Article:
Plagiarism Proofing Your Assignments for the Sciences

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Seri Rudolph has drawn on various online resources in developing a set of strategies and suggestions for creating plagiarism resistant assignments in science courses. For a list of those resources, see below

General strategies for the Classroom

More on this topic can be found at some of the web sites listed at the end of this document

1. Go ahead and talk about it. Faculty may disagree about what constitutes plagiarism, so your students need to hear it from you.

-Discuss plagiarism in the context of intellectual property and academic values
-Introduce and model the ideas of academic conversation, and a research community
-Emphasize building on ideas via referencing, rather than the mechanical details of citing
-Don't harp on cheating - an atmosphere of distrust may lead students to live down to your expectations

2. Cheating is lessened when an assignment is perceived as worthwhile (=connected to course goals), so make this connection explicitly in writing within your assignment.

3. Cheating is lessened when students believe they can get a good grade via ethical means, so:

-Give more, shorter assignments (less of the grade depends on each one)
-Give a clear written prompt and grading rubric
-Build in time for multiple drafts
-Give written feedback on drafts (students perceive they can turn in flawed work and still succeed eventually, lessening temptation to plagiarize)

4. Only assign what you have time to evaluate (students feel their effort is wasted without feedback.) You'll need to set due dates so that feedback can be acted upon.

5. Acknowledge and discuss purchased papers. Maybe critique one in class or as a handout!

6. Change assignments often so that a "paper bank"� doesn't build up.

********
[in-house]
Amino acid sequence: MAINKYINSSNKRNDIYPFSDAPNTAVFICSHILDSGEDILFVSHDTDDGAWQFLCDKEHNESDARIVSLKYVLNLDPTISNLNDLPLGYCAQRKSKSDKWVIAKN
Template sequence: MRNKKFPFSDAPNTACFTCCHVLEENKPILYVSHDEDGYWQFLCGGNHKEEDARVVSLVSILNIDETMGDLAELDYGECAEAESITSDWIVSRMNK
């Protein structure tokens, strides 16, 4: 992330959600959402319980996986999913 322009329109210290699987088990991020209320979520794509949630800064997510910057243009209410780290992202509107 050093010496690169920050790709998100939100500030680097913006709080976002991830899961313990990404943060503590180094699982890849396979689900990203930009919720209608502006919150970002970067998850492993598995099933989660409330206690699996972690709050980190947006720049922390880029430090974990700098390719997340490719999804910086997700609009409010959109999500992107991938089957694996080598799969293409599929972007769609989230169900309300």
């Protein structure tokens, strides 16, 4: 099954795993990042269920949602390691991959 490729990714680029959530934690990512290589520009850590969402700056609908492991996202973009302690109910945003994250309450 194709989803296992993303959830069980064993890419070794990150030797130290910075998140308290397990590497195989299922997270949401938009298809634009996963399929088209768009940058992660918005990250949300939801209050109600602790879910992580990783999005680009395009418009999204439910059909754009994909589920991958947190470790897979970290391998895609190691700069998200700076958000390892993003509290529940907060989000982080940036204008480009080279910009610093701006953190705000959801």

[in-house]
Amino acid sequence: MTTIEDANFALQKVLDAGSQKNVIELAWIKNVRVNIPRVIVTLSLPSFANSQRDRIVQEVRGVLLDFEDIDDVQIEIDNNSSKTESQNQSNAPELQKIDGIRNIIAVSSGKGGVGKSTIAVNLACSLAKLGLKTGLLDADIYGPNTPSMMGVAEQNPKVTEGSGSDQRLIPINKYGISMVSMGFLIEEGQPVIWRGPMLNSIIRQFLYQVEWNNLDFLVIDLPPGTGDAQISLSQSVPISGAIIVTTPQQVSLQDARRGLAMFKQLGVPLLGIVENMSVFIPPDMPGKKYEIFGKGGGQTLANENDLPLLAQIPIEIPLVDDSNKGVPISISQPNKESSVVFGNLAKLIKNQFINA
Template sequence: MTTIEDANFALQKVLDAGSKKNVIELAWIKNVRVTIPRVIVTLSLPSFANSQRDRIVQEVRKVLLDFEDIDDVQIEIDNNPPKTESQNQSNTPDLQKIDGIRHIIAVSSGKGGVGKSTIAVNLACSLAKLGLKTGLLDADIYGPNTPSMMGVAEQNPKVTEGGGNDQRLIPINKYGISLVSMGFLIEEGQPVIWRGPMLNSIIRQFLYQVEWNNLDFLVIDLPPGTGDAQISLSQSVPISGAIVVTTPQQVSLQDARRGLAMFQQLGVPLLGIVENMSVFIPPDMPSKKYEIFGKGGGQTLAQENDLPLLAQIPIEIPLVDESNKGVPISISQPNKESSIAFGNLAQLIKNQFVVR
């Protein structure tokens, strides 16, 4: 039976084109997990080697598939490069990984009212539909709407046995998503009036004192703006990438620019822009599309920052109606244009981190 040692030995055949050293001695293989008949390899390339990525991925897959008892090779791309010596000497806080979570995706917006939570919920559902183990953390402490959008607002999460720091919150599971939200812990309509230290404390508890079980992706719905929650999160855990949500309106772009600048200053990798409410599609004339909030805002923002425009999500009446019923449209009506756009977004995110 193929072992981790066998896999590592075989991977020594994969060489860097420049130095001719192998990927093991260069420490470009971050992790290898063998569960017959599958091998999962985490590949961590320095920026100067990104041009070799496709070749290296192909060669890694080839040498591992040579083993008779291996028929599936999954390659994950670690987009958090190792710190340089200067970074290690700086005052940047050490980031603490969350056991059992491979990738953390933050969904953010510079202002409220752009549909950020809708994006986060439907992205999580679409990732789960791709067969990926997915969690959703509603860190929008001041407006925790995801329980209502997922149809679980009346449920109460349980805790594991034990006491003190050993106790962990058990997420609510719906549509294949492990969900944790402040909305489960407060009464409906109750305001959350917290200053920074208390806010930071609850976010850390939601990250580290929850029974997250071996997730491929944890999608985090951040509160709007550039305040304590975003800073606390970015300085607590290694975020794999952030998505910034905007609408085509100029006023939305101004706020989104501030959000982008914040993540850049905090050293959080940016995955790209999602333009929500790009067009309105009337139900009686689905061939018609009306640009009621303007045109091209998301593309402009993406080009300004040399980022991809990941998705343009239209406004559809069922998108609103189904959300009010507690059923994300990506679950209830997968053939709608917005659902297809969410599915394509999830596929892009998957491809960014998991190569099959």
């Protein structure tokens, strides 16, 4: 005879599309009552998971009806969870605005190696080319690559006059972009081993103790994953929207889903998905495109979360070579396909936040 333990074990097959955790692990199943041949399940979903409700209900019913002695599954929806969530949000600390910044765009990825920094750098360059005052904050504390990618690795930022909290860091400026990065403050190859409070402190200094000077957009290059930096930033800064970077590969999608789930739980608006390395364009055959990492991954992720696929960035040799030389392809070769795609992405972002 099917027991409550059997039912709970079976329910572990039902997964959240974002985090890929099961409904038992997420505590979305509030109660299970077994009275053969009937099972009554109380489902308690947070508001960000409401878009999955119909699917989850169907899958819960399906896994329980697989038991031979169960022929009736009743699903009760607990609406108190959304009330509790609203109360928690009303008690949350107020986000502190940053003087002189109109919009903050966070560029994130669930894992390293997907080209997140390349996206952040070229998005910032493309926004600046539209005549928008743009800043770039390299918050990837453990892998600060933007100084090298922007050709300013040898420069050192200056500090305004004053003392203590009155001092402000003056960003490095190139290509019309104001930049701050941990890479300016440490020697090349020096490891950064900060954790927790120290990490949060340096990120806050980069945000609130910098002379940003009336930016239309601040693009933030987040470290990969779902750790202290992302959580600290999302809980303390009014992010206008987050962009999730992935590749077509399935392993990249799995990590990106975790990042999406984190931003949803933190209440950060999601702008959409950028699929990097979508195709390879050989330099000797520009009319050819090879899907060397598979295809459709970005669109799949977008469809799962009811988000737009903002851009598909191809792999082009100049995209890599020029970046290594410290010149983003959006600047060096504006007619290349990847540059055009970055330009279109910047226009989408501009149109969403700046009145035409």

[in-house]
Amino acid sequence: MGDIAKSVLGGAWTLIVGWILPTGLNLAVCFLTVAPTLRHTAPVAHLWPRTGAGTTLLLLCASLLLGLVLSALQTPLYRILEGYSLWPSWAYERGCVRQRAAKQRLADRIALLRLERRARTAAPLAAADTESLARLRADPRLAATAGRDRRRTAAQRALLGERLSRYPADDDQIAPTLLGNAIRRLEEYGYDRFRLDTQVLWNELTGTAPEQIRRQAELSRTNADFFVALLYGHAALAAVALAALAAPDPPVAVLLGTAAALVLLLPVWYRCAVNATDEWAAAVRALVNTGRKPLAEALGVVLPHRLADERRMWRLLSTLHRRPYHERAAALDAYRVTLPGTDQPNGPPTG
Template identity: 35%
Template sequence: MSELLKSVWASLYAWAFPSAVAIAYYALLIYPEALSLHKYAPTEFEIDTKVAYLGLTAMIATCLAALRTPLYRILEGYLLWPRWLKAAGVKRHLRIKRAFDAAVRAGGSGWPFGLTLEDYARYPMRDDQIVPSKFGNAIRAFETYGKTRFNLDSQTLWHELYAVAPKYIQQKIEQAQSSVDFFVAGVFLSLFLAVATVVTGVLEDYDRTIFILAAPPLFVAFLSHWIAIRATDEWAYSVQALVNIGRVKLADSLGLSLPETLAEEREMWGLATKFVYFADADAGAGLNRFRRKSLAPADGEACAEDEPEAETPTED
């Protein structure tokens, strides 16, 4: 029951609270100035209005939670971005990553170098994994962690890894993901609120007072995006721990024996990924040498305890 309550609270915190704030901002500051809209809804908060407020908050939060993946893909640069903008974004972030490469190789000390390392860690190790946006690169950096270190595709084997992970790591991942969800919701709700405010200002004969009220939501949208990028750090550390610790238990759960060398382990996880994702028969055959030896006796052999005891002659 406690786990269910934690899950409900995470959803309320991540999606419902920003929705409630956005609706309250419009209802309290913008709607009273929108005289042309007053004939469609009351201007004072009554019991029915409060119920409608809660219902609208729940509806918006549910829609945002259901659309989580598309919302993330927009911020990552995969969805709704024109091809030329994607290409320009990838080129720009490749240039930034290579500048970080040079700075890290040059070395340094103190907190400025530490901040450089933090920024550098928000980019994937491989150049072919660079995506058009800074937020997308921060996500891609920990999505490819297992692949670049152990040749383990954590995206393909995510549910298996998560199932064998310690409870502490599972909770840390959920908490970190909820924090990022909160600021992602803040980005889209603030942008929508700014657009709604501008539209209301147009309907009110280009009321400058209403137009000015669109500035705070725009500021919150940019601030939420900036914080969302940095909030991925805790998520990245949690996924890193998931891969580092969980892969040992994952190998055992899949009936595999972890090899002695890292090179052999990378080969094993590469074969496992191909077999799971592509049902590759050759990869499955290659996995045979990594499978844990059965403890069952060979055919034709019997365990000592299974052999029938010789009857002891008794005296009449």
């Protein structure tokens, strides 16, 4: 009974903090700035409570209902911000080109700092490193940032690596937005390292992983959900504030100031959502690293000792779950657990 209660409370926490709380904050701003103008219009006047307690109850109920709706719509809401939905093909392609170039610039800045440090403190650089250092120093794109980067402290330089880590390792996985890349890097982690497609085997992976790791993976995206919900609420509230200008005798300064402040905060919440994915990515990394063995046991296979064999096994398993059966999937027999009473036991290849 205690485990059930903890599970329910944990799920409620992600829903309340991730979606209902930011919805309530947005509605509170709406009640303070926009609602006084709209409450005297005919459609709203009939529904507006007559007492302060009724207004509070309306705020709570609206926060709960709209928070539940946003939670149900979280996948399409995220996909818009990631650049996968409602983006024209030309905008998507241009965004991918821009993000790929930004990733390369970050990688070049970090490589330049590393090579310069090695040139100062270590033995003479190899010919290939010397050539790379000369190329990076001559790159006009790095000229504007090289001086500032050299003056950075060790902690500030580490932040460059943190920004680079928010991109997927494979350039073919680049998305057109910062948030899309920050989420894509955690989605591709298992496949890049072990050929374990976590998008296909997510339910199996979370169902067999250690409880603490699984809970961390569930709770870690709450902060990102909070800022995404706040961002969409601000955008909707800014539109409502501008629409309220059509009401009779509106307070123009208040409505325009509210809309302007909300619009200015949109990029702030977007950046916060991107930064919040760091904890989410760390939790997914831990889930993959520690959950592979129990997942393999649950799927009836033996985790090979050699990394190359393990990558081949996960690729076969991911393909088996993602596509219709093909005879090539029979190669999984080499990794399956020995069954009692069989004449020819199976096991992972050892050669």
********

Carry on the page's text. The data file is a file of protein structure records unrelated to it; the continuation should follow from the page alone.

7. Collaboration can help you as well as your students! Make use of your colleagues, Reference Librarians, and Writing Workshop staff to get feedback and/or help with development of assignments.

Assignment Topics

Try for an unusual coupling or a narrow twist to short-circuit paper-buying. The goal is to make the topic unusual enough that the students must engage with it themselves. Some of the suggestions below are more "science-friendly"� than others, but remember that not all papers in science classes must follow an objective investigative format.

1. Assign a specific coupling of text/data set, text/movie, theory paper/applied paper

example: read 1 or more papers on the scientific method or the investigative process. Pick a train of investigation and have students analyze whether it follows the model(s) presented
example: watch 2 science-related movies and compare & critique their portrayal of the relevant science

2. Use current events

3. Base assignments on a combination of factual and hypothetical elements.

4. Give students the same assignment but different data sets (encourages collaboration but allows for individual grading)

5. Emphasize application/comparison, not just collection of information

6. Specify an unusual audience for the paper (still requiring use of sources)

example: write an editorial for the local newspaper (environmental issue, labeling of genetically modified foods, mercury in dental fillings)
example: a presentation for a middle school class
example: a book review, comparing chapters from 2 textbooks (audience = teachers)

7. Write from the point of view of a specific stakeholder in an issue

example: write a license or permit application (to build or remove a dam, release a GMO, etc.)
example: design and justify a protocol for testing a particular drug, pesticide, etc.
example: write about an environmental policy issue from the point of view of a local resident, an industry representative, a government regulator...

8. Require not just objective analysis, but also reasoned personal responses. Pose a situation and ask students to reason out what they would do.

9. Give a quotation with dubious "facts" off the web. Have students find the source, critique it, and check/correct the facts, referencing properly of course.

10. As a prelude to science-journal papers: have students write an Introduction based on 4-5 assigned sources, with synthesis and proper citation as the graded objectives. Seri can give an in-class workshop on how to write an Introduction.

Assignment Design

Suggestions for shaping students' writing process to encourage productive research habits. Again, some of these will be a better "fit" for your course than others.

1. Break assignments into pieces with sequential due dates (dubbed "the research trail".) You decide what pieces make sense given your goals for student learning (some possibilities: topic, annotated bibliography, critique of an article, Introduction for peer review or your comments, draft for PR or your comments.) Seri offers in-class workshops in critiquing and peer review.